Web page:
• Chief Revenue Officer

How to Find the Top 1% of Sales Talent

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Cornelius Willis
CMO, Clari

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Competition to find and keep top sales talent has always been fierce. 

That’s become even more true lately, as a whopping 95% of employees are considering resigning from their jobs, according to Inc. magazine

And it’s not just about who is most likely to hit their quota. They catalyze the teams around them, inspiring their colleagues to strike more and better deals.

For revenue leaders, hiring and retaining top sellers is easier said than done, especially if you’re an emerging brand competing with the Fortune 500 for recruits. But organizations that empower leaders to invest in the success of their teams can improve talent retention by 15 to 30%, according to Gartner, saving untold sums on attrition costs.

For this episode of Club Revenue, Madalina Paul, regional vice president of sales at DocuSign and former senior director of sales at Indeed, shared with me her insights on how to find and keep the best of the best in sales.

In a nutshell: top sellers want to work for leaders who have integrity, reliability, and the ability to listen. Unsurprisingly, these are among the attributes to look for when hunting for the kind of talent that can transform your organization. 

Top talent versus transformational talent

“Top talent, simply put, are the people on our teams that do more than what is expected, both in small and big ways,” says Paul. However, she points to an even higher caliber of employee worth chasing: so-called transformational talent, or “the high-impact employees that have a tendency to demonstrate initiative ... and have that slant towards action.” 

These are the people you want on your team. Not only do they tend to perform from a numbers perspective, they are the types of leaders (or future leaders) who can bring positive change to your organization and move it forward in meaningful ways.

Transformational talent often has a unique set of soft skills that propel them in their roles, according to Paul. Off-the-charts emotional intelligence, razor-sharp listening abilities—these attributes appear in top sellers but don’t necessarily show up on a resume, which can make it difficult to find these folks during the hiring process. 

How to hire transformational talent

Hiring is hard, and hiring the best of the best is even harder. But a process tailored to your desired outcome can help you avoid common pitfalls and set you up for success. 

Here’s how Paul recommends structuring the hunt:

  1. Identify the right candidate profile. “[Start] with the end in mind,” says Paul. “What are the markers of transformational talent for your organization, specific to the role type?” Just like you create a customer profile, carefully outline what it is that you’re looking to attract in a new hire. Identify the soft skills that would make someone successful for the role, and more broadly, the skills that your organization needs. Write it all down so you can refer back to your profile throughout the process.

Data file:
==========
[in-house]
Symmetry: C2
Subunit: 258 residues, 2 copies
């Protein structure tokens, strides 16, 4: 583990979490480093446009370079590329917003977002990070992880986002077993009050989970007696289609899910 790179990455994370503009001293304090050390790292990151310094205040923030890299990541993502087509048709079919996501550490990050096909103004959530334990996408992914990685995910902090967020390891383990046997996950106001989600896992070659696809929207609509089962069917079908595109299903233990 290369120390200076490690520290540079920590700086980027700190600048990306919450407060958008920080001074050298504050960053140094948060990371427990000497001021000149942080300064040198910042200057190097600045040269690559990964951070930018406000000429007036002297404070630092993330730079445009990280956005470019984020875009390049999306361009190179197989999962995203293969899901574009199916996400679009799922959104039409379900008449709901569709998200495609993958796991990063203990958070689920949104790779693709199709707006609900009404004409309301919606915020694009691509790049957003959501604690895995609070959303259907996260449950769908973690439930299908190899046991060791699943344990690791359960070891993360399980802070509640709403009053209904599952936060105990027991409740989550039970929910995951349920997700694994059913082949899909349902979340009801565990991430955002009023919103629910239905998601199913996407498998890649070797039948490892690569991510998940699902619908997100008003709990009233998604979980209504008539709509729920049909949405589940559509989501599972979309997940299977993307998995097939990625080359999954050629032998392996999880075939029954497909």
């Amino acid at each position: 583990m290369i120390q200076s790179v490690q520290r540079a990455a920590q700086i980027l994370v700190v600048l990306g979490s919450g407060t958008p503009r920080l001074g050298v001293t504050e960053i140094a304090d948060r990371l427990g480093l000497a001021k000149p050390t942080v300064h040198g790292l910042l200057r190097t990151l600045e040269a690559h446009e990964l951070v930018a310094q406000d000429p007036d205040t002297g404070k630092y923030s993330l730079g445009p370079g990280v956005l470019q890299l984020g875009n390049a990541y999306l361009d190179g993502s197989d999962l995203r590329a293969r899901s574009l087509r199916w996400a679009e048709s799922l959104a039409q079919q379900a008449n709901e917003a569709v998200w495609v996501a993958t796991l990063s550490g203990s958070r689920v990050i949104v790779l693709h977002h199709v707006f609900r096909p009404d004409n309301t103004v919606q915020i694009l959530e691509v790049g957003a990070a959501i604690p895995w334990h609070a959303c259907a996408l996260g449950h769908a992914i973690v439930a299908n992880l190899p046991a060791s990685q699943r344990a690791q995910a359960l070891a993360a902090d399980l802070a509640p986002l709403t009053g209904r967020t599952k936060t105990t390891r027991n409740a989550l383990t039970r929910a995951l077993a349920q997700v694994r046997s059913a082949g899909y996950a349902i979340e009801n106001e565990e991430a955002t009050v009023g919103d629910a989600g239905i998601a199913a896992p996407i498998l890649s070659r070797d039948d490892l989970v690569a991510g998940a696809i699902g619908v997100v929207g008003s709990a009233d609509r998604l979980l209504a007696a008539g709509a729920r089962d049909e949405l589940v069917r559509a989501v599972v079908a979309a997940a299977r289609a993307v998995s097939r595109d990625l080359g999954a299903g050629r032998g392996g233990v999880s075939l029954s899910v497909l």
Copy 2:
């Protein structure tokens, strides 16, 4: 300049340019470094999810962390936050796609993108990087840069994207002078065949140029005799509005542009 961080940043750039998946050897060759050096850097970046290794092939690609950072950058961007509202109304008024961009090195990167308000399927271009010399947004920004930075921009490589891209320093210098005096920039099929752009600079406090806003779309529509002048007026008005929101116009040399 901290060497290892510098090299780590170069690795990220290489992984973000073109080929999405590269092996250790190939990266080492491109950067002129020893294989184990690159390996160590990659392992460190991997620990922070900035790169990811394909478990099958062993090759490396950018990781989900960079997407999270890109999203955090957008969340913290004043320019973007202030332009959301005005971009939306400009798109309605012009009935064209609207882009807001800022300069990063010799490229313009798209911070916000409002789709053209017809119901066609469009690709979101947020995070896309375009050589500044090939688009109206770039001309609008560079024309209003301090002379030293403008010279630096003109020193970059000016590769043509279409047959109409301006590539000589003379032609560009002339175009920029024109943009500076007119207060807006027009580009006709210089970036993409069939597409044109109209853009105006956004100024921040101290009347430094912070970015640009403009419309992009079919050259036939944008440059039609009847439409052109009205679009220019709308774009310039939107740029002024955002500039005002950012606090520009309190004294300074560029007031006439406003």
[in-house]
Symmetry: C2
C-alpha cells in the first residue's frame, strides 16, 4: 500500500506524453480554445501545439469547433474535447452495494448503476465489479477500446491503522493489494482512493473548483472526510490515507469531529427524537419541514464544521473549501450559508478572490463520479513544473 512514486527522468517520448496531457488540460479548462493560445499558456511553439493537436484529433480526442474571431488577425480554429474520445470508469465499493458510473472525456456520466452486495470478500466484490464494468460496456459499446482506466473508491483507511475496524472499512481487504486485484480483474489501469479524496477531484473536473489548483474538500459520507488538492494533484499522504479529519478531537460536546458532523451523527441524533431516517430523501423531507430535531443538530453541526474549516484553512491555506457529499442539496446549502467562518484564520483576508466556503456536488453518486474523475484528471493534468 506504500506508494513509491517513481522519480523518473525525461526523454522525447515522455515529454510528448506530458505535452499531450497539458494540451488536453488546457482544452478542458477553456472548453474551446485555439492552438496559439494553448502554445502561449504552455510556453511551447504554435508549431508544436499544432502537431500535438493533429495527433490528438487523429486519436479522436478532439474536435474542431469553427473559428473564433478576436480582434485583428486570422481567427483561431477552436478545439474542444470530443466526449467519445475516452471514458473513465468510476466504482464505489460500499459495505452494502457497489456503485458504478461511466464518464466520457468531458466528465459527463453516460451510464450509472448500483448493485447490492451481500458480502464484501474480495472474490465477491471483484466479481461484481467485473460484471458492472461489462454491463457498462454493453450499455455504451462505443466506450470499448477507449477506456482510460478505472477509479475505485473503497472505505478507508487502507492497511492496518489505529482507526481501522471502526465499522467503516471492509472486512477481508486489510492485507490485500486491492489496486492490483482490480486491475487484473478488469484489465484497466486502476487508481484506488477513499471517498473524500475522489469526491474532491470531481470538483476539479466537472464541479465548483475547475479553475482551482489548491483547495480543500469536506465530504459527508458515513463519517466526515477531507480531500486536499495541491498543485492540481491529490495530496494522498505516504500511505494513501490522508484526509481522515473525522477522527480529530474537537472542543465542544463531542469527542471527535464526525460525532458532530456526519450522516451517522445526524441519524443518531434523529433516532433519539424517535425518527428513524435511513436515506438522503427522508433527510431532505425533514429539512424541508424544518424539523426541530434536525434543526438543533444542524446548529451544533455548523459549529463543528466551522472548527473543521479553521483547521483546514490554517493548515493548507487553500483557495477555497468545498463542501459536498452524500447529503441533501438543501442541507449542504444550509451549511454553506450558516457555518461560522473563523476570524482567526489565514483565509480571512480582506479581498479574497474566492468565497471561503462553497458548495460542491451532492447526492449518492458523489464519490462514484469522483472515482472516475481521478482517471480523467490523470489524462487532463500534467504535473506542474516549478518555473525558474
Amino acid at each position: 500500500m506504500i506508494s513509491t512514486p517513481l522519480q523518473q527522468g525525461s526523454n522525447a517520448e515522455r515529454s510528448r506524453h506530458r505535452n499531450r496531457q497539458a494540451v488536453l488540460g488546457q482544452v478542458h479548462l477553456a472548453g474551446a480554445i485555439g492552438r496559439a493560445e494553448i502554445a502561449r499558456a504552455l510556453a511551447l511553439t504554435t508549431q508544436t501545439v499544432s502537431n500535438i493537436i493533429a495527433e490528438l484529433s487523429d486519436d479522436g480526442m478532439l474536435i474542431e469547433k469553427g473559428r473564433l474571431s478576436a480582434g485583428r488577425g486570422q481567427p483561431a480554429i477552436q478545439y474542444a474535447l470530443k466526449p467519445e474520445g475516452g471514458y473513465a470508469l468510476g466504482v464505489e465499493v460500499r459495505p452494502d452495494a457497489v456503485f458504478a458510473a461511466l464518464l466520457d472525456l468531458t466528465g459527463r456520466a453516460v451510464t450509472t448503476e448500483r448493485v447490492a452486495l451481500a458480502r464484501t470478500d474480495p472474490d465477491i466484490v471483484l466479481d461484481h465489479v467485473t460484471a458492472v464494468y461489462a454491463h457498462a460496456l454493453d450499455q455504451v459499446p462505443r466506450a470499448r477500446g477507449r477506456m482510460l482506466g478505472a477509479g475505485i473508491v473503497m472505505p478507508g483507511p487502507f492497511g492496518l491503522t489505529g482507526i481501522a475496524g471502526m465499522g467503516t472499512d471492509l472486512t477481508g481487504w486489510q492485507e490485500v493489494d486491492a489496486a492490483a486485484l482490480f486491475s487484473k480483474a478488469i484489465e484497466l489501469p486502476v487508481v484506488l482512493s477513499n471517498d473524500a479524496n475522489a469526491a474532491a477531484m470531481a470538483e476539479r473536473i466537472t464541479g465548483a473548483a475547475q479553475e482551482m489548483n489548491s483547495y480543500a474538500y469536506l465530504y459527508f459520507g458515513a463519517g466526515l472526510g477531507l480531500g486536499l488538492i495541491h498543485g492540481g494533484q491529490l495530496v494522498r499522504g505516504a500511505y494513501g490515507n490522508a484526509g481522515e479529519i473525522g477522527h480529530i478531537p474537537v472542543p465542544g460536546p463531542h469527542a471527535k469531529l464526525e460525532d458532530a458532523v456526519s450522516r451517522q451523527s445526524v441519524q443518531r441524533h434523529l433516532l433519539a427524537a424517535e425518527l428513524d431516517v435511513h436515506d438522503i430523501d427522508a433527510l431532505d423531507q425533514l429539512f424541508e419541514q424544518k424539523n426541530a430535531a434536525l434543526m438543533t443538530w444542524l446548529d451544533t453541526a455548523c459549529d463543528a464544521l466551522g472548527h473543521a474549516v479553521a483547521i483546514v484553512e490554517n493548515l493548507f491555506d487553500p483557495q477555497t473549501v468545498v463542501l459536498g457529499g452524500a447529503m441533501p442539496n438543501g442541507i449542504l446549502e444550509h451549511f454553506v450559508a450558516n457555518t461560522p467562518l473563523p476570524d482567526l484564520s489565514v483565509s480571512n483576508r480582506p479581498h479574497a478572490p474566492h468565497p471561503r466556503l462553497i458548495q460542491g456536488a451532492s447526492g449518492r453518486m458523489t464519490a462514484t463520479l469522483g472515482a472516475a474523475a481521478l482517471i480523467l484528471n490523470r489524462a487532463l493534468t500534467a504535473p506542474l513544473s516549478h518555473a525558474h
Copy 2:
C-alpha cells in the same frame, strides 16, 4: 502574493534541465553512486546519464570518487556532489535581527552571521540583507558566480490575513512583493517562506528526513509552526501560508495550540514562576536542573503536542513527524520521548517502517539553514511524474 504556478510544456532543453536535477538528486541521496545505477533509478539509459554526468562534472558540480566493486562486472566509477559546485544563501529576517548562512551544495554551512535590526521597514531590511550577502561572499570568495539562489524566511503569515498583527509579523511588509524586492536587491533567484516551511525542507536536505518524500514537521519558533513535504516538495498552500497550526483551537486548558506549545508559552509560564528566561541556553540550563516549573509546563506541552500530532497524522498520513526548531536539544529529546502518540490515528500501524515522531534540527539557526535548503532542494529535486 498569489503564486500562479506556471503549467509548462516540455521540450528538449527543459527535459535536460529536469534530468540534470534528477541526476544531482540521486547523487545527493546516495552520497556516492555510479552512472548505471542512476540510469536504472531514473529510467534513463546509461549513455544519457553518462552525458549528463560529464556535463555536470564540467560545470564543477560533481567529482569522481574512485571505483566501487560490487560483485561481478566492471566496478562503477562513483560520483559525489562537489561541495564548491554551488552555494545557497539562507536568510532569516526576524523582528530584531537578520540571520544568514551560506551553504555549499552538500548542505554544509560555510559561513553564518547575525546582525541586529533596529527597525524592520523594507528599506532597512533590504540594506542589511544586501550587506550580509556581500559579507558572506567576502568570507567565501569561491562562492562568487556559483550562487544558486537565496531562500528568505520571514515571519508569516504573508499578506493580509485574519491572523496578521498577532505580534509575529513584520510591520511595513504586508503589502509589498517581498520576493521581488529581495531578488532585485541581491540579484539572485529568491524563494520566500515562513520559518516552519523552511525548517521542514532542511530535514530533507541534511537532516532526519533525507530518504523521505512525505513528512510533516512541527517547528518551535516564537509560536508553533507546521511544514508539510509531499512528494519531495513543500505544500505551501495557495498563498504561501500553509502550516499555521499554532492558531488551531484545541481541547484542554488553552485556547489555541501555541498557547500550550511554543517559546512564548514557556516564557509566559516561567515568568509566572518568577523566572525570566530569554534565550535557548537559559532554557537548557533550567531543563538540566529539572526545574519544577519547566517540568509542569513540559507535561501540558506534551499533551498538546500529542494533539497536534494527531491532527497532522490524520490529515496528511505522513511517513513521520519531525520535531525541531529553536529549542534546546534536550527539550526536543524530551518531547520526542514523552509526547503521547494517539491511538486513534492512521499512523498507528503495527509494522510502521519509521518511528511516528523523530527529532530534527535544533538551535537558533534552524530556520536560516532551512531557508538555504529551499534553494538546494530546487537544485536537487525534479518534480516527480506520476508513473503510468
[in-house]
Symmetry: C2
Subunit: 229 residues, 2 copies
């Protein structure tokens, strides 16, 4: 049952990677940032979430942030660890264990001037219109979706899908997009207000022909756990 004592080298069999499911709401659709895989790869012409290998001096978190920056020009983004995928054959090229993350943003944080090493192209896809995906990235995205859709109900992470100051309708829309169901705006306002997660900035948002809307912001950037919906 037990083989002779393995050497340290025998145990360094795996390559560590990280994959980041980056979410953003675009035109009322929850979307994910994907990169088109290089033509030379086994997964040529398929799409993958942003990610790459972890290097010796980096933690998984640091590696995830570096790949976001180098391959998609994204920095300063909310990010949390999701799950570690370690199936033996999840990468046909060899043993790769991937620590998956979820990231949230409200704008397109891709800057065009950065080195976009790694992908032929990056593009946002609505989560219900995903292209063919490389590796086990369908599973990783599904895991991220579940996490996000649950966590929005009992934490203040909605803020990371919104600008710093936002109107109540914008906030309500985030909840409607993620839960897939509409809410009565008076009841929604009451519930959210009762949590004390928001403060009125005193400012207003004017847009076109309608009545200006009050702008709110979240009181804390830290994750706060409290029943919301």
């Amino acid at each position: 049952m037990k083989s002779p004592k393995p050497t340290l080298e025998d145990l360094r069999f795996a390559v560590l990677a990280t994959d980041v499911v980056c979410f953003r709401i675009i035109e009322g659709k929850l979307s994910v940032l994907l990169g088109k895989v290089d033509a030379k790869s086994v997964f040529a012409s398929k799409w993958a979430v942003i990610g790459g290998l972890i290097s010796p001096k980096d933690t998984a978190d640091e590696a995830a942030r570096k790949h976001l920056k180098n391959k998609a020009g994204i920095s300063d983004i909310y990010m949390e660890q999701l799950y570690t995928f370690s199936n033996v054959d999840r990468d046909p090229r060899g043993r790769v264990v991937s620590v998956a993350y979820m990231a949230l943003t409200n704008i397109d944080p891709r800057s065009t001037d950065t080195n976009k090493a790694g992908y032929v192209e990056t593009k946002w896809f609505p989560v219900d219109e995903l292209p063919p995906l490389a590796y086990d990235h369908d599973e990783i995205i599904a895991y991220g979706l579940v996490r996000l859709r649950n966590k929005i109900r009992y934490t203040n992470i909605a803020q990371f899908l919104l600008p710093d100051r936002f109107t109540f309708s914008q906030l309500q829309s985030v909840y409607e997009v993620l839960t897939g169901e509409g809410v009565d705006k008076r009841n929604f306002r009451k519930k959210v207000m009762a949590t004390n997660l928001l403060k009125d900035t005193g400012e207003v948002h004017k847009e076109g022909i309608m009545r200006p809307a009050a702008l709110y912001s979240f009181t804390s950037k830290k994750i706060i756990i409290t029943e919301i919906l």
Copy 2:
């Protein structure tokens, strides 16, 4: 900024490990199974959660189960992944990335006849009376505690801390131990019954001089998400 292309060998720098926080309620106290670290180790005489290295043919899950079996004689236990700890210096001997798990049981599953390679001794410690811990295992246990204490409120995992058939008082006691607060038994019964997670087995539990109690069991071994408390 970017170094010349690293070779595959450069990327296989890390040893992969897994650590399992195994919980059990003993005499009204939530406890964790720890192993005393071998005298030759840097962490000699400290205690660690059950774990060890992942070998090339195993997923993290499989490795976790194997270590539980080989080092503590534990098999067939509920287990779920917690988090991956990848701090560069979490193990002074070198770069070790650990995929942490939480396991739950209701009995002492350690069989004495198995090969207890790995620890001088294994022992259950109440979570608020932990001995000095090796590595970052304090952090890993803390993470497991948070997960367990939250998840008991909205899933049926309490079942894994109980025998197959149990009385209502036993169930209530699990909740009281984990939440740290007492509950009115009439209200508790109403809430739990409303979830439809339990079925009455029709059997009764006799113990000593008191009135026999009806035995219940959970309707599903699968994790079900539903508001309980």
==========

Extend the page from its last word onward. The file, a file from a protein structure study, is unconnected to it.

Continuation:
2. Tailor the interview to get to the heart of step one. “Identify the questions that would help [you] understand where [you] could find this talent,” says Paul. For example, at Clari, I’m going to ask different questions of a vice president of marketing versus a vice president of product. I want to delve into who they are and what excites them, and ensure their passions align with Clari’s needs. 
  3. Rate the applicant using a scorecard tailored to the role. Developing a scorecard can help you remove bias influencing who you hire, Paul notes. Hiring managers have a tendency to index on things like past work experience, which may or may not be a valid indicator of performance in the role you’re hiring for. A scorecard tied to the role in question, with an emphasis on finding the right skills, can keep biases at bay.
  4. Test the applicant. Potential hires may not love this step, but it’s one of the most important to ensure a good fit. Develop a test that maps to the specific requirements of the role and aims to assess whether the candidate has the skills that are essential for success. The exercise can help the applicant get a sense of whether it’s the right fit for them, too.

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Getting the most from your superstar sellers 

Being a transformational employee at one company may not translate directly to being one at the next. Which is to say, environment matters. Your culture has to be set up so transformational people can flourish, or they could get frustrated and leave. 

“Fundamentally, [transformational hires] have different values than the average employee,” warns Paul. “They're looking for the right leadership, the right employee experience, and they're looking for the opportunity to develop, grow, and learn, and to truly make an impact at the organizations that they work for.”

With that in mind, before embarking on a hiring spree, take a hard look at your organization to see whether you have the kind of conditions in place for transformational talent to thrive. That often means room for career growth, sufficiently challenging work, and mentorship. But it also means understanding what inspires and energizes that person on an individual level—and making sure the career path they’re on matches their interests, instead of lumping their needs into a one-size-fits-all plan.

“Survey and understand what's important to them,” says Paul. “Potentially, there are things in there that don’t always come down to a higher salary that we could implement. Things like collaboration, think tanks, and leadership opportunities, that help really make an impact on the day-to-day and the retention of this talent.”

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